Jul 04, 2022, 05:57AM

Resounding: Hank Jr.

At 73, he's the world's most fun blues singer.

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Hank Williams, Jr., who's just issued Rich White Honky Blues, a hard-rocking LP produced by Dan Auerbach, is one of the best and most emblematic of American music stars. But he's underrated, or often merely dismissed for a variety of reasons, some of them understandable. For example, he was waved off early on because he wasn't his daddy, perhaps the 20th century's greatest songwriter. Then again, no one is. For Jr., the relationship has been a burden and a matter of pride and a standing joke for 60 years, since he was a child singing his father's songs at the Opry. There is also Junior's reactionary politics and his big-ass "let's have a whiskey party; bring your guns!" persona. People might remember him more for the Monday Night Football theme ("All My Rowdy Friends Are Coming Over Tonight") than anything else.

In the 1970s and 80s, Junior produced an amazing string of country hits, some of which have been as central or more central to rural American identity than the songs of his father: "A Country Boy Can Survive" say, or Family Tradition, or "Whiskey Bent and Hell Bound," or "All My Rowdy Friends Have Settled Down." Those are items that still run through the head of almost any rural dude in difficulties.

Junior was everywhere by 1985: his phoenix decal (based on the Ruger firearms logo) seemed to be on every truck, his flag waving above NASCAR races and trailer parks. He was Trump before Trump: an emblem of white rural identity. But touring behind excellent roots music is a lot less problematic than fomenting insurrection, and I don’t care much about an artist's politics. Plus he was very playful about it all.

People haven't noticed, maybe, but at every stage Hank Jr. has explored many aspects of American roots music, and done it extremely well; he's liable to take us to New Orleans, Memphis, Kansas City, Kentucky, the mountain West as well as Nashville. The production is always straightforward and propulsive, like an excellent live rock band; he must insist on that. Through some 40 albums, he's been remarkably consistent even with all his personal difficulties. And he's outlasted everyone except Willie, which is perhaps not what people were expecting. I think he's a treasure comparable to George Jones or Merle Haggard, and he's still recording.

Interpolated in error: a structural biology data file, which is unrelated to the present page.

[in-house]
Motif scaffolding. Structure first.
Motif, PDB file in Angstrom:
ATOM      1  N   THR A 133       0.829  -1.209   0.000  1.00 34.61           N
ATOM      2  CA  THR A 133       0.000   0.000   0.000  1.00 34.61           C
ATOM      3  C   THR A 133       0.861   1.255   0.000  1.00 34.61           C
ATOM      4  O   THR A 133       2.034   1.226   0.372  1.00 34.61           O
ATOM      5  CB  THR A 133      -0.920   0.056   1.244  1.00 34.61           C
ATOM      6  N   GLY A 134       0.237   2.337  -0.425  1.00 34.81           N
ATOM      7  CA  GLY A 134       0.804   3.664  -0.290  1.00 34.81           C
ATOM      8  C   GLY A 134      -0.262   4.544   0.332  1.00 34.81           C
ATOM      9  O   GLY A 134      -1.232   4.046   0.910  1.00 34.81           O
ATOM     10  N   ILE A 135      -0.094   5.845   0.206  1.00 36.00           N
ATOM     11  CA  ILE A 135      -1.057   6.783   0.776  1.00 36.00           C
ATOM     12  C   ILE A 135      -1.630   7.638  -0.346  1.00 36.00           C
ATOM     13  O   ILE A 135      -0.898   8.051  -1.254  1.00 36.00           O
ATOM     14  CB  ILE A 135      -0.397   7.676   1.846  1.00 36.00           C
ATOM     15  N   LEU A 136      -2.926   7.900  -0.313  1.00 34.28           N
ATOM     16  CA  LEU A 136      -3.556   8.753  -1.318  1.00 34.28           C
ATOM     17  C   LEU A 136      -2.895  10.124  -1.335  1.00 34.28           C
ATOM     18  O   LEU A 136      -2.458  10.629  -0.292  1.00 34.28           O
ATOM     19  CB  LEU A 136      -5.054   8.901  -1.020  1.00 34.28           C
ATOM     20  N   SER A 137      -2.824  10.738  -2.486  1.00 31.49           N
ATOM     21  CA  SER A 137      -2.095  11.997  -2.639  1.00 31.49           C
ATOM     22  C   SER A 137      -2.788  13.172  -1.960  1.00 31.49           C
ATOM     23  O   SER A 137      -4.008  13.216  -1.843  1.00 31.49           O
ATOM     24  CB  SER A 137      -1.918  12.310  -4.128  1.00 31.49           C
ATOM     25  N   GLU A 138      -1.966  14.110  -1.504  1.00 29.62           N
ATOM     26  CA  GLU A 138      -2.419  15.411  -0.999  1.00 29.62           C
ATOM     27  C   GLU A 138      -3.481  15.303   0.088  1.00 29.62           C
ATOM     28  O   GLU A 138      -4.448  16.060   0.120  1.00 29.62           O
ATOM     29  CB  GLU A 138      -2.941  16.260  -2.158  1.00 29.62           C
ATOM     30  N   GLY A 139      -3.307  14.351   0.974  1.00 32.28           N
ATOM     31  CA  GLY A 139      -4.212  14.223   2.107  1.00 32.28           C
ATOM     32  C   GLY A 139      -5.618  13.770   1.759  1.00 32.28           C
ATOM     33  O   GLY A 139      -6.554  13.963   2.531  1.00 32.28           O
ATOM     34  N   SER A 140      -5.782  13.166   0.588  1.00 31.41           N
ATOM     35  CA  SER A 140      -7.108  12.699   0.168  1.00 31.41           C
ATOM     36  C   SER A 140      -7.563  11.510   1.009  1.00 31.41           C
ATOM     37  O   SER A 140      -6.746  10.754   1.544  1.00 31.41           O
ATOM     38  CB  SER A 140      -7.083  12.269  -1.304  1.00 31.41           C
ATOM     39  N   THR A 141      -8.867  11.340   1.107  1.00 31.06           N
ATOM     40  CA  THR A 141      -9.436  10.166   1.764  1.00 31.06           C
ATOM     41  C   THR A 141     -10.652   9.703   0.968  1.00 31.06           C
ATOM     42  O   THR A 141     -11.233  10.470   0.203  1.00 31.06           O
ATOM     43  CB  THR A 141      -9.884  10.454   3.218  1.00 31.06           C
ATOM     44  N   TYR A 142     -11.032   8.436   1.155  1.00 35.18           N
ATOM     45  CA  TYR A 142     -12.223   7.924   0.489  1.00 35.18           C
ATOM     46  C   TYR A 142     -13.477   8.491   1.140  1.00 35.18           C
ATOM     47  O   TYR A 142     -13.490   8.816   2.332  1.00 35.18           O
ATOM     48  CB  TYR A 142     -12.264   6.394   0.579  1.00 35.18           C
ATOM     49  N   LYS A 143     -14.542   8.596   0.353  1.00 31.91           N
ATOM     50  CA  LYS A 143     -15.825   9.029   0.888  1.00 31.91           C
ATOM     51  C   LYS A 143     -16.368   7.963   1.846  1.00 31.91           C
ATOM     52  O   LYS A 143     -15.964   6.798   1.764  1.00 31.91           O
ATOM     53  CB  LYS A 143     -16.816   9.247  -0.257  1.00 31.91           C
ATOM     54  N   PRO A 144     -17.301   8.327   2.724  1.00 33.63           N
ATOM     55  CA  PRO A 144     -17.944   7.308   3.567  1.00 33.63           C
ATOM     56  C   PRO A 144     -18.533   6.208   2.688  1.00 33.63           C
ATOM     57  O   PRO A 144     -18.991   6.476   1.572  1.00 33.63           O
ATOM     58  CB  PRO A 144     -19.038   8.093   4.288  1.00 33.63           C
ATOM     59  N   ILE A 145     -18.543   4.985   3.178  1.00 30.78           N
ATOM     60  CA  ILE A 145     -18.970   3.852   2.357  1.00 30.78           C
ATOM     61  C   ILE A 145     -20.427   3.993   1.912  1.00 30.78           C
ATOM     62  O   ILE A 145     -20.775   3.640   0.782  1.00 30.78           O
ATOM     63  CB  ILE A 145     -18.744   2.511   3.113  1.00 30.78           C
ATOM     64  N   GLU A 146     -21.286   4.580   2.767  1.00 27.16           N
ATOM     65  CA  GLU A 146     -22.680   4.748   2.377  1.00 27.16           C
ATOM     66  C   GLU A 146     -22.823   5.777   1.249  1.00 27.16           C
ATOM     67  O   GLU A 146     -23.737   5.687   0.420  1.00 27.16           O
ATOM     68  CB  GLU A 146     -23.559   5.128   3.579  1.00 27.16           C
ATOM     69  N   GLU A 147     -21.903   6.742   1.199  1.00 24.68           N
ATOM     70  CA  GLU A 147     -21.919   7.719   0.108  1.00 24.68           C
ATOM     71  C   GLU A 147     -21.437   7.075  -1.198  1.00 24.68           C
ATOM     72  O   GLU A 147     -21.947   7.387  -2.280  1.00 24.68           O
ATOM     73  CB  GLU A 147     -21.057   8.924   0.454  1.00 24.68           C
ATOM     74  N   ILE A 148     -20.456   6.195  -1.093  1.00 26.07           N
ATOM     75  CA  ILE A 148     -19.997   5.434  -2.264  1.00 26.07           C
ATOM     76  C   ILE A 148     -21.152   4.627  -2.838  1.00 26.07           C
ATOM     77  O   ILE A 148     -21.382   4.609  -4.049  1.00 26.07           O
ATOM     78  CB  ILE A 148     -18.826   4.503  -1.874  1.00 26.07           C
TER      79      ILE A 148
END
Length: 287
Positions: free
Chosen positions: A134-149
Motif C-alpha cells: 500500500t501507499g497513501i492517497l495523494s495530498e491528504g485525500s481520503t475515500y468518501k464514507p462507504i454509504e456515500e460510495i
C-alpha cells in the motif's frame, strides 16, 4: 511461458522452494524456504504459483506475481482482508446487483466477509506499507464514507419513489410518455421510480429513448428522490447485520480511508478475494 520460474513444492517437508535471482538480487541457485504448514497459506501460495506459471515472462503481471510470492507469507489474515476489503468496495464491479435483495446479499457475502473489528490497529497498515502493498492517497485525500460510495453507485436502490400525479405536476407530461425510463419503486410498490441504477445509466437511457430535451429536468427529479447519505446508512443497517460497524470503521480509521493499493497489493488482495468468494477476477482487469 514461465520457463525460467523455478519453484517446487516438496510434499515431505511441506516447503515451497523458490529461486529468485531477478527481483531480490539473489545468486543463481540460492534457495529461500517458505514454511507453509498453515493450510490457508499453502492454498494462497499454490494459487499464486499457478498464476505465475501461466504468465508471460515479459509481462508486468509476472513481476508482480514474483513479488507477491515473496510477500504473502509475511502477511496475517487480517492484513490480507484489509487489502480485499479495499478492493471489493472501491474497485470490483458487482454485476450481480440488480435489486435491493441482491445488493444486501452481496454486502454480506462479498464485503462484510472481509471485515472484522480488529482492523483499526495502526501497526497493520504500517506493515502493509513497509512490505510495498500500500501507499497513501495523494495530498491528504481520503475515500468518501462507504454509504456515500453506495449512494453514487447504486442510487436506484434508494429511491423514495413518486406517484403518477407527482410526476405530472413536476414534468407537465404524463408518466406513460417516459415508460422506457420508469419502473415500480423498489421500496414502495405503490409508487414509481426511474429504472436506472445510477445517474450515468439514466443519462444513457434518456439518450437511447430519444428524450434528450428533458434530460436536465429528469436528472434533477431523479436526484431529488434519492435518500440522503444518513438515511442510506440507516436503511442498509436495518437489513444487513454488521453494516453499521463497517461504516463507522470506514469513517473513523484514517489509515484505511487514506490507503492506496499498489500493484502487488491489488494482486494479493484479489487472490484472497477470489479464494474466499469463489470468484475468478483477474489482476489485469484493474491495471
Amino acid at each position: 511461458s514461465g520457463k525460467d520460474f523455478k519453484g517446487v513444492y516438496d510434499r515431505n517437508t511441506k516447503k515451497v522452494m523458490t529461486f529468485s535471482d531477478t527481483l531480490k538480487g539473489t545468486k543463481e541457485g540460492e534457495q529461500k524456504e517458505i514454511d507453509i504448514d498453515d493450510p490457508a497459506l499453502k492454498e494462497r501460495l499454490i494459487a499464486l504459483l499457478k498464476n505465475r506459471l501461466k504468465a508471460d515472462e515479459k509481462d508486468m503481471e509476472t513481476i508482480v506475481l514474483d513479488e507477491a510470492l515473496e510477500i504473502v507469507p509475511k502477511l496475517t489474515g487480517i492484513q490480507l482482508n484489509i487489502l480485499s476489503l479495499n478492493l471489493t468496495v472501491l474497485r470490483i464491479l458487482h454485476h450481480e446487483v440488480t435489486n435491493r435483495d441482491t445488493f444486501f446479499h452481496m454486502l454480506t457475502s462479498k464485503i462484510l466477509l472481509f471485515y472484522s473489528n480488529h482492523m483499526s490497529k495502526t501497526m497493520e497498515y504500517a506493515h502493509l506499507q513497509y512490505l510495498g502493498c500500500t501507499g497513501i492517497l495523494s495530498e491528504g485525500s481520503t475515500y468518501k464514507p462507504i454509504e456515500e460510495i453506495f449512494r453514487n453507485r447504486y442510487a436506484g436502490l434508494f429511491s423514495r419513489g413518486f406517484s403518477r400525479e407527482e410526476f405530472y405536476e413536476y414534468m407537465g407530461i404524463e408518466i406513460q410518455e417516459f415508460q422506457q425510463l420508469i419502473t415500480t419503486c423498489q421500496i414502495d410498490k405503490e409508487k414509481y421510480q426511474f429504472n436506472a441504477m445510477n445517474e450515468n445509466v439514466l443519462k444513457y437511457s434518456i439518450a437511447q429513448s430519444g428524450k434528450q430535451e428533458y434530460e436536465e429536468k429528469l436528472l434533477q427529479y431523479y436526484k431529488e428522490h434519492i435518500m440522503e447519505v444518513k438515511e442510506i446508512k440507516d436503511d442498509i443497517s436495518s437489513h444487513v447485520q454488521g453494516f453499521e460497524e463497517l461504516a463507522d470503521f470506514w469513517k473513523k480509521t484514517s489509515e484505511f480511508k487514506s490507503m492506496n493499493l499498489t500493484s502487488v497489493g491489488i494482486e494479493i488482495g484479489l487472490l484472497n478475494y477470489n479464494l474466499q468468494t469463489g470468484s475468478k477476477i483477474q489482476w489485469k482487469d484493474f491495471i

His golden period was the mid-1980s, when songs like the This Ain't Dallas ("and this ain't Dynasty; this is a real-life, two-job working family") and "Man of Steel" elucidated the cultural situation in a particularly fun and useful way. "Man of Steel" was the best expression of the 80s "men's movement," associated with the poet Robert Bly's book Iron John. The book could’ve been worse, but the song was funnier and ran as deep. 

Now my daddy died when I was three
My mama didn't bounce me on her knee
My grandma and grandpa done passed on
That kinda left me all alone
My wife took off after our first child
I guess my kind of ramblin' life wasn't her kind of style
So I kinda got toughened up and hard learned not to feel
They started callin' me the man of steel

No woman ever got the best of me
I could walk right out with ease
'Til I fall in love and then she walks out
The man of steel got melted down
Now I can't sleep and I can't eat
Can't watch no love scenes on TV
And I don't know what I'm goin' to do.
The man of steel done got the blues

Hank Jr. has been dismissed as a Monkey With a Gun. That might not be completely unfair. But he's a very hilarious and sensitive monkey who's in touch with his own feelings. He's less sensitive on Rich White Honky Blues, on which he tosses out such lines as "I'm going to Huntsville and getting some of that rocket pussy." I'm offended, yet somehow refreshed.

Can a rich white honky play the blues? And isn't "white honky" redundant? Those questions should’ve died before Hank Senior, as much and as great a bluesman as Muddy Waters or Robert Johnson. Junior has already proved it many times, for example on his excellent "The Almeria Club Recordings" from 2002, and here he just sounds like a rowdy, loose, reprehensible master ("Thunderhead Hawkins") playing live with complete assurance. Even if Thunderhead is wrong (culturally appropriative and way too much fun), he should just keep right on going.

P.S. I'm for Love.

—Follow Crispin Sartwell on Twitter: @CrispinSartwell


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